An example of poor journalism prompted Nathan Brown to consider the bigger implications of understanding what the Bible says about death.
When Australian cinematographer Dion Beebe won an Academy Award (an Oscar) in March for his work on the movie Memoirs of a Geisha, he made news in another way as well. In his acceptance speech, he enthused, “What an amazing feeling. Terrifying but amazing.”
“Mum,” he said, holding the golden statuette high and looking up into the spotlights, “I know you’re up there somewhere.”
Of course, such a win was big news in his homeland and within minutes media outlets were trumpeting the award—and commenting upon his “tribute to his late mother.”
But there were two problems with those news reports: fact-checking and theology.
Fact-checking would have revealed that Beebe’s mother was indeed “up there”—seated high in the upper tier at the award ceremony venue and quite alive, soon to be celebrating with her son the crowning achievement of his career. Indeed, the next day she was doing interviews on some of those same media outlets. “I hope they didn’t think I was dead,” she commented with a chuckle.*
But the other trap these journalists—eager for a heart-warming story—fell into was theological. The traditional belief about what happens when we die leaves us open to such misunderstandings. The idea that we float off to heaven or hell after death—and in our assumptions usually the former—is popular in a cartoonish kind of way even among those with little belief in God or time for religion.
While there are some verses in the Bible that might be taken by themselves to suggest different views of the afterlife, the weight of evidence given in the Bible is that death is a sleep-like state of unconsciousness—simply ceasing to be—that can be reversed by the power of God in what is called resurrection, a “conditional immortality” that can be likened to a candle’s flame that simply burns itself out.
In Jesus’ confrontations with death while He was on earth, He made no mention of people going to “a better (or worse) place.” The Bible tells of three people brought back to life by Jesus: the daughter of Jairus, who Jesus described as “sleeping” (see Luke 8:52); the son of the widow of Nain (see Luke 7:11-15); and Jesus’ friend Lazarus, who again Jesus described as having “fallen asleep” (see John 11:11).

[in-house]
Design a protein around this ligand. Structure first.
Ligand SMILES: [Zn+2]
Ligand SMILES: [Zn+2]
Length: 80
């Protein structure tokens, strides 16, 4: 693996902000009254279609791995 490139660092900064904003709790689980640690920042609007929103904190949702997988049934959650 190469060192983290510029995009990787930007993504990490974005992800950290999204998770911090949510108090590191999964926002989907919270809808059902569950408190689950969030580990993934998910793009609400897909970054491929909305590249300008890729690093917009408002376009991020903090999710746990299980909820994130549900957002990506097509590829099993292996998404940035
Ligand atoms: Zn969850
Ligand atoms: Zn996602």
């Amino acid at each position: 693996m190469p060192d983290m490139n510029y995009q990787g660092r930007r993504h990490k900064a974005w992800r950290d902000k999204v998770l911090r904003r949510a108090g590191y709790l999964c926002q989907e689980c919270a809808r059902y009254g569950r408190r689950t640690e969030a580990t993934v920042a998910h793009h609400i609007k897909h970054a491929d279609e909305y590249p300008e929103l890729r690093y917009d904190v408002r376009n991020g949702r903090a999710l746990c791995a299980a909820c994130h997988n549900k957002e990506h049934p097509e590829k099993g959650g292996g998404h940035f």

None of the resurrected people themselves, Jesus or anyone else involved in these stories, express any sense of calling these people “back,” regret or joy that they had to leave the place to which they might have gone, or even any reports from an “afterlife.”
Rather, in His encounters with death, Jesus’ primary focus was on resurrection—and particularly a resurrection when death would be finally defeated: “I am the resurrection and the life. Those who believe in me, even though they die like everyone else, will live again” (John 11:25, NLT). The miracles of resurrection Jesus performed on earth were simply a foretaste of the general resurrection that will accompany His second coming. Then the flames of these individual lives will be relit in a similar way to God’s original creation of humanity.
Some people question the necessity of such “fine tuning” in theology. If we’ve got the basics of our faith sorted out, do we need to get too hung up on the details? But the intricate details of what we believe does matter. And, even for those embarrassed journalists, there are more serious implications that come with an inaccurate view of death.
Lack of appreciation of our physicality
One of the philosophies that have influenced our understanding of Christianity is that which draws a distinction between our “souls” and our physical bodies. This has had a profound effect on the value some Christians have placed on the world in which we live and the physical aspects of our lives. A lack of care for the natural world, a suspicion of pleasure and some twisted views on sexuality have all arisen from this ideological imposition on Christianity. And the belief in the separation of the “eternal soul” from our “mortal body” at death is part of this artificial distinction.